Finra Suspends Ex-RBC Broker Who Stood to Inherit $4 Million from Customer
A 26-year industry veteran in Maryland has agreed to a one-year suspension from the brokerage industry and $10,000 fine after an anonymous letter tipped his former firm off to his undisclosed status as executor and beneficiary of a late client’s estate.
His actions violated Finra’s rule barring brokers from engaging in outside business activities without reporting it to their employers and also triggered a violation of Finra Rule 2010 requiring “high standards of commercial honor,” the industry self-regulator said.
Cleary, who now works at a Rockville, Maryland-based registered investment advisory firm CIC Wealth, also ran afoul of internal policies at RBC and UBS that are aimed at eliminating potential conflicts by preventing employees from serving as an executor for a non-family member without prior disclosure and approval from the firm, Finra said.
Cleary signed a letter of acceptance, waiver and consent with Finra without admitting or denying its findings. Cleary and his lawyer, Jeremy Bartell in Washington, D.C., did not return calls for this story.
Cleary joined UBS in 2011, leaving in 2019 for RBC. After Cleary’s nine-month stint at RBC, the firm filed in September 2019 a U5 termination form that said Cleary’s departure had been voluntary and based on “a difference in business philosophy” and failing to disclose the fiduciary relationship, according to his BrokerCheck record.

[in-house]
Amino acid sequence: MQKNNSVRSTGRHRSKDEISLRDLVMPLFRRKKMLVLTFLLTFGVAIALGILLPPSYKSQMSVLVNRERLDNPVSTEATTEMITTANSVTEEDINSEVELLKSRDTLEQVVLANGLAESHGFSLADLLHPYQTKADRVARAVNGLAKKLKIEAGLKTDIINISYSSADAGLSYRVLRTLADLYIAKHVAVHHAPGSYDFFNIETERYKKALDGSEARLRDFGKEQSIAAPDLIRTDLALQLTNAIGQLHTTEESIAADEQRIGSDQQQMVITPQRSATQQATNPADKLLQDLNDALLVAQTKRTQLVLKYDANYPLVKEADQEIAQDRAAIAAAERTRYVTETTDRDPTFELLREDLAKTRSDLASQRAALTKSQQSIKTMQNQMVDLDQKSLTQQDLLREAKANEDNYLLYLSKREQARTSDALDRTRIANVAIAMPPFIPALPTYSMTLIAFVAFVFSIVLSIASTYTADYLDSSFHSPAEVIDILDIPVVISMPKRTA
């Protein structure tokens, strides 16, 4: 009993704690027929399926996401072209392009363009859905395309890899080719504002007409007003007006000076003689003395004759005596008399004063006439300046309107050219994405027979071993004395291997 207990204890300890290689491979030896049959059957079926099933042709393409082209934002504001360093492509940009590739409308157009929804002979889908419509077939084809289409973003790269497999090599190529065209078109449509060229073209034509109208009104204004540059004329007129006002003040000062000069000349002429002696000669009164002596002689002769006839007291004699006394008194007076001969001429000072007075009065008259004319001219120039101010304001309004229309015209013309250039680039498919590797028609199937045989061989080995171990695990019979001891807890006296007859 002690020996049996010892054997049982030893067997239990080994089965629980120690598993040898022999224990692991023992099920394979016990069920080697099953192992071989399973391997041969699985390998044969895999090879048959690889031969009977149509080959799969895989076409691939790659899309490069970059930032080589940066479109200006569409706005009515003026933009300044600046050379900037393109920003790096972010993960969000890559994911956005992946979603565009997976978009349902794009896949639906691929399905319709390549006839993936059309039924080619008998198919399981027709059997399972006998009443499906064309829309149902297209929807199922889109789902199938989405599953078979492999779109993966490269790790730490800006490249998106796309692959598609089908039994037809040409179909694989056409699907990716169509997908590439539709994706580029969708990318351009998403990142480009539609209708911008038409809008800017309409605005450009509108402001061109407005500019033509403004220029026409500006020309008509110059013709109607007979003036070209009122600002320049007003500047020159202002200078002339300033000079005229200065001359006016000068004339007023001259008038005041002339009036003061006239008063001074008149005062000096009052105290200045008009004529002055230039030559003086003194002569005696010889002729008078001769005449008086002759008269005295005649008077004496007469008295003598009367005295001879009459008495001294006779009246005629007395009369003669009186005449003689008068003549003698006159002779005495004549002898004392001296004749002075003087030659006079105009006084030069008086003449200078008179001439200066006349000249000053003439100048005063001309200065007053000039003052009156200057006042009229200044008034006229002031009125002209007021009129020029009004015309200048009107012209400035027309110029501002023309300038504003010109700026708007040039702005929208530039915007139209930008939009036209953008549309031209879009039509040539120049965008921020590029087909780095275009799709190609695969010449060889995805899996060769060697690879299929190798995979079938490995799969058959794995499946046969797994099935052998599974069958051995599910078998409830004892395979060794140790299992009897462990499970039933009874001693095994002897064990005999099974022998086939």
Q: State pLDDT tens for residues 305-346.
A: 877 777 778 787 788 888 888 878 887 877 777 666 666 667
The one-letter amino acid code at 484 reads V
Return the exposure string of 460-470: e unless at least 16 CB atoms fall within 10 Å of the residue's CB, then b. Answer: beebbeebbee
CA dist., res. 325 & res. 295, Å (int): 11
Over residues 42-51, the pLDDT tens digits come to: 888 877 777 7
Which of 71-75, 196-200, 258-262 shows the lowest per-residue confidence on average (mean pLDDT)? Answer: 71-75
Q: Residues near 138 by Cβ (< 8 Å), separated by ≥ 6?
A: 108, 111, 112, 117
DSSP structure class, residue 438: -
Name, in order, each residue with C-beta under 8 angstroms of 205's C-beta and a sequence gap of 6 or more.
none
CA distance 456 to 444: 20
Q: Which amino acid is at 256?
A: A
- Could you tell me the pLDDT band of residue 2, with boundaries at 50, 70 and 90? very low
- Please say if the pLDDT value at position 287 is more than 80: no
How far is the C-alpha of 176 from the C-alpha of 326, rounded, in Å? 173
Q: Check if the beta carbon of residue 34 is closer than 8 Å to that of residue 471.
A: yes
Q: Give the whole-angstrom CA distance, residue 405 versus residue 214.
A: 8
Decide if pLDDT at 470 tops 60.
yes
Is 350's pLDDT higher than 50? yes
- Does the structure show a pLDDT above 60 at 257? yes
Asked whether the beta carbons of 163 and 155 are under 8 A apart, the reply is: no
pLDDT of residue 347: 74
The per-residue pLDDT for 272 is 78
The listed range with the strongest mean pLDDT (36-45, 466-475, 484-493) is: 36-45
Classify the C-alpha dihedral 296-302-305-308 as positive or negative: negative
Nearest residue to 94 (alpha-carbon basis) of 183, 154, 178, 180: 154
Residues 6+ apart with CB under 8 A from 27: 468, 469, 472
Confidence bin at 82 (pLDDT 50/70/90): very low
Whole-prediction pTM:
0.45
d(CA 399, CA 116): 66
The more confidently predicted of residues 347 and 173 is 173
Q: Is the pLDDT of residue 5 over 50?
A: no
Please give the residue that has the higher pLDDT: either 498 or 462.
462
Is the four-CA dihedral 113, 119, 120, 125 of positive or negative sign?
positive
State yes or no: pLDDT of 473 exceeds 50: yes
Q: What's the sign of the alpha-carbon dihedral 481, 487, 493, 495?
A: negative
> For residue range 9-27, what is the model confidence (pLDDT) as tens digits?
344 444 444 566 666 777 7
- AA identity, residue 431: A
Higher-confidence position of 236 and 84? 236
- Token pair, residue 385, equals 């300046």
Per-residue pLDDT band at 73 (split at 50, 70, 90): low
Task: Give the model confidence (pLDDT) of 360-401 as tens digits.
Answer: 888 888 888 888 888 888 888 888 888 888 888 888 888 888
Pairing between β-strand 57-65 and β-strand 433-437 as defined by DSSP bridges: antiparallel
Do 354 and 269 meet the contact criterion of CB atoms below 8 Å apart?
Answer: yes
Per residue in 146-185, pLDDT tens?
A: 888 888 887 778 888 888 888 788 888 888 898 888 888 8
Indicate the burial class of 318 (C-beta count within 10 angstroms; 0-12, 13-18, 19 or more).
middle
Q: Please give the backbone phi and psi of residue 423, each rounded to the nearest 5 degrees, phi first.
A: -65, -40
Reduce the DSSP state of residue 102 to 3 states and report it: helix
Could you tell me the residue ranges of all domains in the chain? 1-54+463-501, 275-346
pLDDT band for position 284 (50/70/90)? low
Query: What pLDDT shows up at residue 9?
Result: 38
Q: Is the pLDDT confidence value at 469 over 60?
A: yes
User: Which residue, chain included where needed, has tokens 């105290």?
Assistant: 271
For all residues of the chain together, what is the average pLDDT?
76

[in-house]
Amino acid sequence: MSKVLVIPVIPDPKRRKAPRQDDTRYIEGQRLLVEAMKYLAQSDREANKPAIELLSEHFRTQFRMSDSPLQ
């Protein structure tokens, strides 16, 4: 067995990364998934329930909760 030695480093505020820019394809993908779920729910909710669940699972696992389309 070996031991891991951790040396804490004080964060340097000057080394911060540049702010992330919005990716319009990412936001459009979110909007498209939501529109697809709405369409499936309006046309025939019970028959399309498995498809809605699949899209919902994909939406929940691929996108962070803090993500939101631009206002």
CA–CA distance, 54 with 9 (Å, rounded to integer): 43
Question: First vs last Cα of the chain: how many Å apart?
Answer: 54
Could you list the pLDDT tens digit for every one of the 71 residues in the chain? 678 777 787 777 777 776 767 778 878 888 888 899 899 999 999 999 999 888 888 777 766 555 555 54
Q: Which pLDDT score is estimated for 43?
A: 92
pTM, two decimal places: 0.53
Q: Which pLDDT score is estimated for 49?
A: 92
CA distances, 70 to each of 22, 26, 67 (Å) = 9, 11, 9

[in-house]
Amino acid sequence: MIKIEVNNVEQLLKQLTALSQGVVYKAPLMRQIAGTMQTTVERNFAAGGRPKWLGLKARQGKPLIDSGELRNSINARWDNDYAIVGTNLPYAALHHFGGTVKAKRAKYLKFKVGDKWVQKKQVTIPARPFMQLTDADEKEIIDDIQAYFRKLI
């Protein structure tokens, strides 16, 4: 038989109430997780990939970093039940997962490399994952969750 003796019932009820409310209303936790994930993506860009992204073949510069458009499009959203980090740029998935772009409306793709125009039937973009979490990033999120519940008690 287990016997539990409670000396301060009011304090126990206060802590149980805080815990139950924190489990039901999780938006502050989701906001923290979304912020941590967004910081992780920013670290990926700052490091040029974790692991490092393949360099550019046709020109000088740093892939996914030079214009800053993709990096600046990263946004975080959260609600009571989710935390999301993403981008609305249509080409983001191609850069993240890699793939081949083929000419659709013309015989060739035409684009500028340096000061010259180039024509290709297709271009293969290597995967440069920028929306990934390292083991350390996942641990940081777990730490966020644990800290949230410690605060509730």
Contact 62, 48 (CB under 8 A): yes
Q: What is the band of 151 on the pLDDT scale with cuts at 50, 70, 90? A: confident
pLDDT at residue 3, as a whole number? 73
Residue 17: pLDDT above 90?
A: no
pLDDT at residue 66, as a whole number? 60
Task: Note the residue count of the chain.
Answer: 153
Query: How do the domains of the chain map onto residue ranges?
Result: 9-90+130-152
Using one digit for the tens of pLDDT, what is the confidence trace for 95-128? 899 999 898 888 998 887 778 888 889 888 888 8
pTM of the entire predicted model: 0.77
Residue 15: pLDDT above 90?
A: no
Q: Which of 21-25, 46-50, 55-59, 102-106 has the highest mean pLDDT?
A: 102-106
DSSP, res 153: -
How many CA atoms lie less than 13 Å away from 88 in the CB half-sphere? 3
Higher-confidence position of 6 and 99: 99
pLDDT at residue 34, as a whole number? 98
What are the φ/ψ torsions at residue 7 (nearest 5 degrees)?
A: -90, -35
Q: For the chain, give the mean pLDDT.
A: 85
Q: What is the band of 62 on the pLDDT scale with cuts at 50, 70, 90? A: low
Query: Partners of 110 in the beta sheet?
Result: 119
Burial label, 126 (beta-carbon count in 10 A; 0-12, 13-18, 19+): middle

An RBC spokeswoman noted in an emailed statement that Cleary “was only employed with RBC Wealth Management for a short period of time – less than a year.”
“We are deeply committed to careful management of the wealth clients entrust to us,” the spokeswoman said. “As such, we have strong policies and procedures in place, and a strict Code of Conduct that all employees must abide by. On the rare occasion an employee violates these policies, we take swift action as we did in this particular case.”
The Virginia state agency regulating brokers had also previously imposed a $35,000 fine on Cleary for the same conduct, according to his BrokerCheck record and Finra.
According to Finra, a client described as “Customer A” executed a will in July 2017 naming Cleary as executor. The fact that he had “reasonable expectations” to be compensated under Washington, D.C. laws and as a residual beneficiary triggered the outside business activity and “high standards of commercial honor” violations, the regulator said.
After the client died in October 2018, Cleary probated the client’s estate, Finra said. Still, Cleary did not inform his employers of his role and filled out annual compliance questionnaires at UBS and RBC stating he was not named as a will executor for a non-family member. The enforcement letter did not say whether Cleary had ultimately received assets from the estate.
While at UBS, Cleary took steps “to conceal” his beneficiary status, contacting insurance companies to “delink” the client’s annuities accounts’ statements so the firm would not be informed when he terminated them after inheriting them, Finra said.
A UBS spokesperson declined to comment.
The Finra suspension affects Cleary’s brokerage registration, which he maintains though independent broker-dealer Purshe Kaplan Sterling Investments, but not his investment advisory registration, which is overseen by the Securities and Exchange Commission.